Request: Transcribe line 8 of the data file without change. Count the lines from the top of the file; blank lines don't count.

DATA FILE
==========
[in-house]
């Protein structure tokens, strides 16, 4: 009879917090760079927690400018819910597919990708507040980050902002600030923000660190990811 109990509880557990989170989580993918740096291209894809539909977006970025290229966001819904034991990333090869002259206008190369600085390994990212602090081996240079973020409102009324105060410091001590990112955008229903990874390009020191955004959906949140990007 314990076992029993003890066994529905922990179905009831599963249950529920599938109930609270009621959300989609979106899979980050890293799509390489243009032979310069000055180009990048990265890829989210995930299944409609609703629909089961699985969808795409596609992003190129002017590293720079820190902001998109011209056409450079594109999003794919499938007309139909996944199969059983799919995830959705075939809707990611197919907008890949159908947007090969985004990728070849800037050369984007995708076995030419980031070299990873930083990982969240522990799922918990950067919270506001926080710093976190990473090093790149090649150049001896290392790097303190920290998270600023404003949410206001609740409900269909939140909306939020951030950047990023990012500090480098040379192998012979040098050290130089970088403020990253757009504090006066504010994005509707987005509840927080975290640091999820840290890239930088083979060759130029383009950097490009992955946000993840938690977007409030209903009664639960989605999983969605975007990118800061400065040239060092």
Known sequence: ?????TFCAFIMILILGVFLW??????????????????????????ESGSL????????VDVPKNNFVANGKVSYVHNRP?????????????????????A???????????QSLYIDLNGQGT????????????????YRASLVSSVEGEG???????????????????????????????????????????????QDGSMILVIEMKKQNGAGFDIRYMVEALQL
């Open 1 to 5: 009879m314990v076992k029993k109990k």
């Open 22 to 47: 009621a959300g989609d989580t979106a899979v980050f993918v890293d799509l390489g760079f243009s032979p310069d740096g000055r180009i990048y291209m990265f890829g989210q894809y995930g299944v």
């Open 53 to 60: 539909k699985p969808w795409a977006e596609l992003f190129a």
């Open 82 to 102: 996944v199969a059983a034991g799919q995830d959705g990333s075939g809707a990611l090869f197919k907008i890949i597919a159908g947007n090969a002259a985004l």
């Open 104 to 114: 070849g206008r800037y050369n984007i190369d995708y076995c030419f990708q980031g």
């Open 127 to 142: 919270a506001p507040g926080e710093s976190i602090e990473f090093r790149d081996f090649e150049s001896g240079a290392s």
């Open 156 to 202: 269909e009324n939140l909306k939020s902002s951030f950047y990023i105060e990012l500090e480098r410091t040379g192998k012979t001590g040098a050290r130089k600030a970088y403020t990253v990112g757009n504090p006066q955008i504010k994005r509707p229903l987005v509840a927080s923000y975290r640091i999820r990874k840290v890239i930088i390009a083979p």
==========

């Open 104 to 114: 070849g206008r800037y050369n984007i190369d995708y076995c030419f990708q980031g």